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YES, he passed! -- Oh NO ... he passed

Posted on 01 December 2017






Congratulations; you passed – those three simple words change the game for parents and their young drivers in more ways than one. In addition to a significant lack of experience, newly licensed P-Platers face many driving distractions, including: peer passengers, late night fatigue, eating/drinking, grooming, music, satellite navigation and of course, mobile phones.

Testing standards are somewhat challenging; however the examiner has only a relatively short amount of time to assess your teen against key performance criteria. Donít allow your son or daughterís birthday and test result be the ONLY evidence of their readiness to drive unsupervised – trust your parental instincts. Even though they may pass a thirty minute driving test after demonstrating their knowledge of some road rules and an ability to control a vehicle – they still are, and will continue to be for quite some time, a Ďnovice driverí – in fact, on the day they pass the driving test they will transition from the safest they will ever be behind a steering wheel to statistically, by FAR, the most dangerous 6-12 month period of their driving life.

Some parents associate their teenager passing the driving test with crossing a finish line. The reality is, at this stage, they are closer to a metaphorical start line than a finish line. While a parentís chaperoning duties decrease significantly, their teenís responsibilities skyrocket.

P-Platers possess relatively limited driving ability and judgement, and many teenagers underestimate risk and knowingly engage in risky behaviours – especially males. Their new solo driving status provides them with numerous opportunities - unfortunately one of them is the opportunity for risk.

Does your teenager or their peers possess an appetite for risk-taking in other areas of life? There is international data that shows for every similar aged passenger you add to a vehicle with a teen driver, the chance of a crash incrementally increases. Statistics show that adult drivers however, are at no further risk of crashing when driving with additional peer passengers.

As parents, we generally donít want to hover over our adolescentís every move. We understand that risk-taking is a normal part of their wiring and overall development; however, we can have some control over the odds by managing their Ďrisk opportunityí during this precarious stage. Graduated licensing schemes have proven to be by far the most effective way to reduce serious young driver crashes. Parents have an opportunity to broaden government provisional licensing regulations. During the first few months consider limiting the amount of teenage passengers they may carry and imposing weather, location, and night driving restrictions.

Discourage Ďjust cruising with the boysí type journeys during this vulnerable period – itís safer to restrict it to point-to-point trips as greater risk accompanies joyriding. Try to delay them owning their own vehicle. If possible, share the family car - it will enable you to control access to the vehicle and set conditions of its use. Research has shown adolescents tend to exercise more caution when the car isnít theirs. Talk to them about the dangers of driving tired, upset or angry. Discuss Plan B options - let them know that they can always call you.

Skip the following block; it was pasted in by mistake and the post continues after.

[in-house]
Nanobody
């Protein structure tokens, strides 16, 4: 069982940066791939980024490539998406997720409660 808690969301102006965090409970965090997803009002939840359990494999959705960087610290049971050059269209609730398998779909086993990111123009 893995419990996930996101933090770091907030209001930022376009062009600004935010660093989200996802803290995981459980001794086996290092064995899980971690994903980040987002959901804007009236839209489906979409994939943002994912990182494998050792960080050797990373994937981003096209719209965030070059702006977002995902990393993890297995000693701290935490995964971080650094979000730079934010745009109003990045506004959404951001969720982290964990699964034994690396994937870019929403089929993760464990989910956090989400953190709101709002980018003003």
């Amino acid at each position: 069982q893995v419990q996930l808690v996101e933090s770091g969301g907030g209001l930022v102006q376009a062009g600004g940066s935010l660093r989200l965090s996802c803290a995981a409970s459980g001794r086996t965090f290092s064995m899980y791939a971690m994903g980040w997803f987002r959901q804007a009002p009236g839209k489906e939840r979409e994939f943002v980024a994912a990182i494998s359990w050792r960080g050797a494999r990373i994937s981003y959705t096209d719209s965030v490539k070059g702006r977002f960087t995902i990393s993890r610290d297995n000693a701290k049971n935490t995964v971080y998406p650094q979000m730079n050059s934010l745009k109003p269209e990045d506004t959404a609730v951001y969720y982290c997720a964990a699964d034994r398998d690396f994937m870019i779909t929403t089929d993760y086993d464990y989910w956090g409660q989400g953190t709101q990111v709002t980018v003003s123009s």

Delaying novice drivers from owning their own car is not always an option and some parents form the view that itís better for their newbie to drive an older vehicle initially because thereís a possibility they will collide with something - so therefore it makes more sense to trash an old jalopy than a new vehicle. Their rationale is sound in that they certainly are statistically FAR more likely to be involved in a crash in the initial 6-12 months of unsupervised driving, however thatís the very reason why itís paramount they drive the safest vehicle possible during that time. Once we place safety higher than economics on our list it doesnít take long to realise it makes zero sense for the most vulnerable driver in our family to be driving the most unsafe car in our household. Older vehicles simply donít possess the safety features of their late model contemporaries. Carefully investigate safety ratings and insist on features such as anti-lock braking (ABS), electronic stability control (ESC) and side airbags. Research indicates midsize vehicles, as opposed to small, are generally the safest option for inexperienced drivers.

Finally, your own driving experiences leave you well placed to offer practical assistance to your greenhorn. So, before they drive off unsupervised for the first time ensure you have prepared them for the many variables that arenít generally covered during driving lessons – here are (5) items worth sharing:-

  1. Demonstrate how to change a flat tyre - or if thatís not for them, how to stay safe whilst waiting for roadside assistance to arrive. Sadly there have been many tragic instances of people killed whilst changing tyres or sitting in stationary vehicles in dangerous traffic situations.
  2. Demonstrate how to check and adjust tyre pressures.
  3. Show them how to check fluid levels.
  4. Explain the practical, legal and moral process to follow at the scene of a crash.
  5. Discuss road rage and how to avoid buying into another road userís bad day.

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